When straight-arrow agent Roy Clayton (Guy Pearce) assumes command of a special FBI task force, he becomes entangled in a web of covert operations. All the clues in Clayton’s investigation point to Samir Horn (Don Cheadle), a former Special Ops soldier who now aids terrorists. But as Clayton digs deeper and contradictory evidence begins to emerge, he begins to question Horn’s motives.

Steve Martin

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So there we go folks, fan or not?

13 thoughts on “Theme Times – Steve Martin

    1. Hey Emily, l was thinking the same when l was writing it all up, that many as you say, youngsters probably don’t have an absolute who not just Steve is, but many of the comics and the actors and musicians we grew up with .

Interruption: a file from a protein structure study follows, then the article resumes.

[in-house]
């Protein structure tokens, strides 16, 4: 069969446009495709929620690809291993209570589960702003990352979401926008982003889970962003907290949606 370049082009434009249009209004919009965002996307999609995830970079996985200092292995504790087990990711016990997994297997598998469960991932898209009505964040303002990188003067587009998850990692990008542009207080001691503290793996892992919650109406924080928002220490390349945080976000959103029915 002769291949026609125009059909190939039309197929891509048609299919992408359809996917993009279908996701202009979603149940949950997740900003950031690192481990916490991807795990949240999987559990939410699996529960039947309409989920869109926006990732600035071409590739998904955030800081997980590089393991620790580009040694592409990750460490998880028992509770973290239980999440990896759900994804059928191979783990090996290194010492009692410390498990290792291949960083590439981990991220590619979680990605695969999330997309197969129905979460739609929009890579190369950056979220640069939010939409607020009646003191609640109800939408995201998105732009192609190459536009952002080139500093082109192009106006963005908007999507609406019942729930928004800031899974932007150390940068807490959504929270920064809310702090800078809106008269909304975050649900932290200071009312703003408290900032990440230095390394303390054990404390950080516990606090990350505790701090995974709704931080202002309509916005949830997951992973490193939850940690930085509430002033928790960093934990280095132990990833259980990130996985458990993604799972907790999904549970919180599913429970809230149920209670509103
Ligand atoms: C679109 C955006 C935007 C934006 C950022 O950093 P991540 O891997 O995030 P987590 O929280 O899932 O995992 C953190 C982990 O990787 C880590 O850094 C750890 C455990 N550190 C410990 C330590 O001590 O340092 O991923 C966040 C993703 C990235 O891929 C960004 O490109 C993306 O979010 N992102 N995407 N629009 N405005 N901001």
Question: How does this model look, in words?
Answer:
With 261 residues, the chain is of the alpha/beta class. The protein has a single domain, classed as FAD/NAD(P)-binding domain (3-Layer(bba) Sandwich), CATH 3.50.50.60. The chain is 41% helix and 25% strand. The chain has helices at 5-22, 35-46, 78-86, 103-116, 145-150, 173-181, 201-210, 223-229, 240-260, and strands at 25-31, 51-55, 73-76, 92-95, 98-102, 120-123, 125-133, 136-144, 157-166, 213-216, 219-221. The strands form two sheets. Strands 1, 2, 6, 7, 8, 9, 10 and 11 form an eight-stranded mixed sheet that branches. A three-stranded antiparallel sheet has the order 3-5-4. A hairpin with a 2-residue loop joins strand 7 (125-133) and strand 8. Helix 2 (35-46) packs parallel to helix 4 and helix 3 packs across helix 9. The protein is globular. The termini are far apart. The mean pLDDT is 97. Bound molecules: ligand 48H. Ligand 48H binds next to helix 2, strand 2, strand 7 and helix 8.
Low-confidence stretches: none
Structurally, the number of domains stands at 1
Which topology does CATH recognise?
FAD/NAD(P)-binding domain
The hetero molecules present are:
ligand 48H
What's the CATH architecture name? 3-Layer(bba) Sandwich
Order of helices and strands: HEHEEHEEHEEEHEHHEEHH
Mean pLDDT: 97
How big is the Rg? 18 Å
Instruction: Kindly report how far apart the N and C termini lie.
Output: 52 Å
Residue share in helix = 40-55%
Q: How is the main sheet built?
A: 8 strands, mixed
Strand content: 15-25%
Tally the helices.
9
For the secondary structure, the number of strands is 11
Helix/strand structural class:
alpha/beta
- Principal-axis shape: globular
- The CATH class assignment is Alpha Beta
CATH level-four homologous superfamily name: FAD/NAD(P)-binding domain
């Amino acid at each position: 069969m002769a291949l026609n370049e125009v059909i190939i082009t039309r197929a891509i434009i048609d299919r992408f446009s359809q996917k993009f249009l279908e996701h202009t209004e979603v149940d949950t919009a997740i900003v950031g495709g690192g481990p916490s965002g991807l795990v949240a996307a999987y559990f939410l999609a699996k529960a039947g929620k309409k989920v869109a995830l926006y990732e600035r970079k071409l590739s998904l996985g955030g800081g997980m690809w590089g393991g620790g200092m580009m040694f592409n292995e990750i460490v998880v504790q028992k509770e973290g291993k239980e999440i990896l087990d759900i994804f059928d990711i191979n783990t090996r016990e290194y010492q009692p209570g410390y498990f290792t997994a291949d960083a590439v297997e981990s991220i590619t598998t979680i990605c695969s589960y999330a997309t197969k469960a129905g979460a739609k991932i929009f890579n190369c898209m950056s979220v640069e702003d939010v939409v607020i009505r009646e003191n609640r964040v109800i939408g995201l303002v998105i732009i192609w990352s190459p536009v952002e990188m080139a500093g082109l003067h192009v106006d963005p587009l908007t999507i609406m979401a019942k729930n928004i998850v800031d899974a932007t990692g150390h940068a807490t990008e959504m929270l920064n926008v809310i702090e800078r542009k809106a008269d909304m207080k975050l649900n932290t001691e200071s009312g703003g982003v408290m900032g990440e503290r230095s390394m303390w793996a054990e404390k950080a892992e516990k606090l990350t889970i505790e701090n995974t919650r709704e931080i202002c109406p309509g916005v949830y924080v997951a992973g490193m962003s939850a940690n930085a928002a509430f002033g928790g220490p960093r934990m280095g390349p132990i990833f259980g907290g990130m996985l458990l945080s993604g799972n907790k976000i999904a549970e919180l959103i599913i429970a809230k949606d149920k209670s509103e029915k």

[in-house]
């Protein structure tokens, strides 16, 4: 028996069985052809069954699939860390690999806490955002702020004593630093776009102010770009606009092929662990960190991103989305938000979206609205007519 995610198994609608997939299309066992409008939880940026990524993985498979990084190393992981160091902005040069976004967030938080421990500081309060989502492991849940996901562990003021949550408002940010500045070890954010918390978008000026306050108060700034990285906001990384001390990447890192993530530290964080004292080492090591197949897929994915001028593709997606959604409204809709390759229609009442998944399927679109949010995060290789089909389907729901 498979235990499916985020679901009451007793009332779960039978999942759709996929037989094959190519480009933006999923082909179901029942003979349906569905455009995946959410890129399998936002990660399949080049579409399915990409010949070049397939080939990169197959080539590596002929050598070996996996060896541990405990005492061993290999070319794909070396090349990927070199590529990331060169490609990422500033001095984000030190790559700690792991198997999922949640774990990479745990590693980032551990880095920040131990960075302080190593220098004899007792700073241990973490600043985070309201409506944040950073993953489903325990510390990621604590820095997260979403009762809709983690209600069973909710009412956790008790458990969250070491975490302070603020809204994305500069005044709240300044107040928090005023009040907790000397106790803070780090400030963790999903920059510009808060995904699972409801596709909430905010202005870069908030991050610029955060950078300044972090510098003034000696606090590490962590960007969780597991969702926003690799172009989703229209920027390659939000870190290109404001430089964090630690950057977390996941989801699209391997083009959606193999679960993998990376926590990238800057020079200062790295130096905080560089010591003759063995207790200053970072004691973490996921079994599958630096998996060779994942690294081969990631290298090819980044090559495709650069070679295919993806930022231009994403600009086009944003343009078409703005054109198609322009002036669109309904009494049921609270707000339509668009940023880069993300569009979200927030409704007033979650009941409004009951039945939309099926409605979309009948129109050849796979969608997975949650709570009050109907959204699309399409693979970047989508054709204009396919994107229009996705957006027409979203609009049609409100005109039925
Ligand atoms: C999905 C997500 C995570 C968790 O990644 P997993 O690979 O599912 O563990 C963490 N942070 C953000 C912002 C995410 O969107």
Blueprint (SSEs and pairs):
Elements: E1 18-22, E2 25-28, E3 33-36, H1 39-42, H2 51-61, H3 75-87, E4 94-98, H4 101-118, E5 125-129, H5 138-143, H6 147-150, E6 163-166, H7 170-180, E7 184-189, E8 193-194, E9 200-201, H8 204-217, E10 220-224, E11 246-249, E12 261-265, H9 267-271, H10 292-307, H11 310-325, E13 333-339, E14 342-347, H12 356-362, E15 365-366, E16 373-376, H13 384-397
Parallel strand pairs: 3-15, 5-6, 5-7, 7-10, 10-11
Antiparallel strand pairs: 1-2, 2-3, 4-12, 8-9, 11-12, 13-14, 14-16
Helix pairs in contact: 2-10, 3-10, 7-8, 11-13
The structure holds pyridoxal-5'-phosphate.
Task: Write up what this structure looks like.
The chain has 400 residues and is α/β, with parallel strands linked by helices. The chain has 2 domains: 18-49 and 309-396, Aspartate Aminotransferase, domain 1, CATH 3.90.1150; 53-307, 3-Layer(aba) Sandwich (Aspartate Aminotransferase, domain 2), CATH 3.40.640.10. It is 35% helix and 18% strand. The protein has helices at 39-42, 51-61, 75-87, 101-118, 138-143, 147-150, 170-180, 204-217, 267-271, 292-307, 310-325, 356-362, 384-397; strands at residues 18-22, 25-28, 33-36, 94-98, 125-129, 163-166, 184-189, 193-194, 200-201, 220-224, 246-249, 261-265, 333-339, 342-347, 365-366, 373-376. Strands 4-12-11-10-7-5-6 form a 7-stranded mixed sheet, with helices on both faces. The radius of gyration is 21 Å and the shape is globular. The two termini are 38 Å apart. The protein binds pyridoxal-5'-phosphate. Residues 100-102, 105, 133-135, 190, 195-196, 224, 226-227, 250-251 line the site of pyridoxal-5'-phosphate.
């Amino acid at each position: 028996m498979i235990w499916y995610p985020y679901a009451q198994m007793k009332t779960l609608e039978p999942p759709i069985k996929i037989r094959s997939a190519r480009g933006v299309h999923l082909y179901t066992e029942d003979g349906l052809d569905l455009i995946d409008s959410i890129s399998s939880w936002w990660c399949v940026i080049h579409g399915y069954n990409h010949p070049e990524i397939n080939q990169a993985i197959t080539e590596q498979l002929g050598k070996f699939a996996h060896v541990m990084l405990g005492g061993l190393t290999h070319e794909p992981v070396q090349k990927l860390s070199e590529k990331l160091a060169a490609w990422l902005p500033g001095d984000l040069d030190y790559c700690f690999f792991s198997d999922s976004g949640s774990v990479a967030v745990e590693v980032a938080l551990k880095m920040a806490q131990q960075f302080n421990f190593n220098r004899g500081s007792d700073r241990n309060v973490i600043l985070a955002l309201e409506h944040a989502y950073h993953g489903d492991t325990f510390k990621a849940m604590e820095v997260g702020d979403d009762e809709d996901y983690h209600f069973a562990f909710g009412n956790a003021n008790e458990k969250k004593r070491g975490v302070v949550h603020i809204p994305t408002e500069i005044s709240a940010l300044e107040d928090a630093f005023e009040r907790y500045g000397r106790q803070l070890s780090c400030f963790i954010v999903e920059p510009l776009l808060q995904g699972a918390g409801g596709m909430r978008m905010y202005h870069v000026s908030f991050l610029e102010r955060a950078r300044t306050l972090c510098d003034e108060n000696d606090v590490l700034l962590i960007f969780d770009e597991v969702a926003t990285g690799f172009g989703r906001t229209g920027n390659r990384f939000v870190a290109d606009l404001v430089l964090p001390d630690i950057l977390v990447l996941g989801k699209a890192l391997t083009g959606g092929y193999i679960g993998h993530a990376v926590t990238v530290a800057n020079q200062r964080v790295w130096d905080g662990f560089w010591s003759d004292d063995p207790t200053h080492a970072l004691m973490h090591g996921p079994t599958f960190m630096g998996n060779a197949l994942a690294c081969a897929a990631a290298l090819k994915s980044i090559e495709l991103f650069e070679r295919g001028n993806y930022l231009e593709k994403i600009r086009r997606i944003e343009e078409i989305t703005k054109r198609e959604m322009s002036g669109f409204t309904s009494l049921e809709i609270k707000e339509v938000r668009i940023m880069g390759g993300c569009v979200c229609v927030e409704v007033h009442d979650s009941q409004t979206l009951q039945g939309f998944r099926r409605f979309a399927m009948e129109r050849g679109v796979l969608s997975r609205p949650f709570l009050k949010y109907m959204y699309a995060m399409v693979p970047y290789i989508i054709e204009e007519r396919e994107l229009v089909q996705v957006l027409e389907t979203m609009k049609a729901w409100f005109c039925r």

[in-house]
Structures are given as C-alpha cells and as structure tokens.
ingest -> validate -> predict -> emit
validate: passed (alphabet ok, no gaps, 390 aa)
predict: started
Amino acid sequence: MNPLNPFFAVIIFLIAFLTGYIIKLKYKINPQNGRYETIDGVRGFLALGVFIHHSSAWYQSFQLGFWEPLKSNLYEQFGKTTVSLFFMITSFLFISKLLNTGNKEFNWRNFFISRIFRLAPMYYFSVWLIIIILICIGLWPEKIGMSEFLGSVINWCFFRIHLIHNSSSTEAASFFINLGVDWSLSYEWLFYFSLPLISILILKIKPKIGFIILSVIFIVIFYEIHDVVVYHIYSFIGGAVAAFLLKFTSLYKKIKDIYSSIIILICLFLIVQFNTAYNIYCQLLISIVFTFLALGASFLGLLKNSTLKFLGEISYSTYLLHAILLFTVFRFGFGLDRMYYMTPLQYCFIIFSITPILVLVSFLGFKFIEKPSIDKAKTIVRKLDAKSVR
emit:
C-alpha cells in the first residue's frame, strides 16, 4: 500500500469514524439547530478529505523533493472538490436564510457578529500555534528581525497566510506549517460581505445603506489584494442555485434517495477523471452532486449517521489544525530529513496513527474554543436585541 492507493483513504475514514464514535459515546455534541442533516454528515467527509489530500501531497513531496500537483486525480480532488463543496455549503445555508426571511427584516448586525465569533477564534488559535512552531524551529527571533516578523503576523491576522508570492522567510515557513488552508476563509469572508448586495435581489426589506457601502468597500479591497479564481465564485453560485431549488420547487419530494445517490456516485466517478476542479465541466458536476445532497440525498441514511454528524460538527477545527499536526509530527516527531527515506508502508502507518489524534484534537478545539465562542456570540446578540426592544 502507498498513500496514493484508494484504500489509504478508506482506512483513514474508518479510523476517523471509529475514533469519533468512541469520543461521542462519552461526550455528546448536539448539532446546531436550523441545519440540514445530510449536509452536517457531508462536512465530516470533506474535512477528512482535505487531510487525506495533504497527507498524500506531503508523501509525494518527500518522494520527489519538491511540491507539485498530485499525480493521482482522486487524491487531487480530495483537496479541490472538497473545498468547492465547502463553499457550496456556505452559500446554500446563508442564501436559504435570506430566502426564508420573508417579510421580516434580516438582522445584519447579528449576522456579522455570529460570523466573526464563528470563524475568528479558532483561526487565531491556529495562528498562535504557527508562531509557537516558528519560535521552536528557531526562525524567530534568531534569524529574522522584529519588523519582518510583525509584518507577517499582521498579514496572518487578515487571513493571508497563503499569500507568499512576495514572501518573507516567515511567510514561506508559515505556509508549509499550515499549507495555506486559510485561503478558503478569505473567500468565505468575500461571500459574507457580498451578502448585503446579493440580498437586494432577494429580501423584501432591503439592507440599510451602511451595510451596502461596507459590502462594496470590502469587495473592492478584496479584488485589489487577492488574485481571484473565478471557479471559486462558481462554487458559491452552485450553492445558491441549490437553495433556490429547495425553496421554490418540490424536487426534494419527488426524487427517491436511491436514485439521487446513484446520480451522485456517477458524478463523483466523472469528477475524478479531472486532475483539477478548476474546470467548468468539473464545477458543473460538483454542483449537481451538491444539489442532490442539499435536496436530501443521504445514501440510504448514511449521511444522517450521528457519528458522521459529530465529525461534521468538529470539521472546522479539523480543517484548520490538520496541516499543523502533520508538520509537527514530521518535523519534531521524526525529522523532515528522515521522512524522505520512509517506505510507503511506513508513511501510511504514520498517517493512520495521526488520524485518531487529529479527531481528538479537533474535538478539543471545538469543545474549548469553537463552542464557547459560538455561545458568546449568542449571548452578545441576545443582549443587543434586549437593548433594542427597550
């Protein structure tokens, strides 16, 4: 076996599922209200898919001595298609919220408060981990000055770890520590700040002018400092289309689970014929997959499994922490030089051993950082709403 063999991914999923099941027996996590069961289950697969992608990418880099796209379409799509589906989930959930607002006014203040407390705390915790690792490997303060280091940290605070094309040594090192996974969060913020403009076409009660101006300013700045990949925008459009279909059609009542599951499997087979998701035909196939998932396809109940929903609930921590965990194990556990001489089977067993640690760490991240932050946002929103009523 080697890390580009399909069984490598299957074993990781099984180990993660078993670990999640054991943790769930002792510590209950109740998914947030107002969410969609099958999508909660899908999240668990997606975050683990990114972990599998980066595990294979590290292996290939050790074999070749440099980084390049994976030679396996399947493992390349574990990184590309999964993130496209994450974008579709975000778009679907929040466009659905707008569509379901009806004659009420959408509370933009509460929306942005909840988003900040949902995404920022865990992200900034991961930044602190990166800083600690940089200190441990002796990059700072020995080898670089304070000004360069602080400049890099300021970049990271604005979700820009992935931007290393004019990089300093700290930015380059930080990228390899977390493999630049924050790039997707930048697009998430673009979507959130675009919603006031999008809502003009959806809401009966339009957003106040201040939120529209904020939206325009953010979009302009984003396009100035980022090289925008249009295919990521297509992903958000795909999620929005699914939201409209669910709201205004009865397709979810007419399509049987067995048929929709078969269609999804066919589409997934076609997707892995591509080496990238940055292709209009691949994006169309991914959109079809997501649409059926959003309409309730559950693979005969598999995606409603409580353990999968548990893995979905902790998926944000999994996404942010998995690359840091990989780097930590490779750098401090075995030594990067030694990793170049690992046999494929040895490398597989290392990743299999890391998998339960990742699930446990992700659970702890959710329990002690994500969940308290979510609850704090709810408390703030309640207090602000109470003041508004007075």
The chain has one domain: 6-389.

1. Yes it is a shame – and hey how are you and the family doing Emily ? 🙂

          But that’s just the way of our world, our parents would of thought exactly the same way 🙂

  1. I LOVE Steve Martin!! Have you seen his King Tut sketch from Saturday Night Live? I don’t know why, but it makes me laugh every time!!

    1. Hey Kristian, l have actually, very, very funny l was debating what stuff to include his comical side or his movie side but with classes like Steve there is so much to show, genuinely funny guy 🙂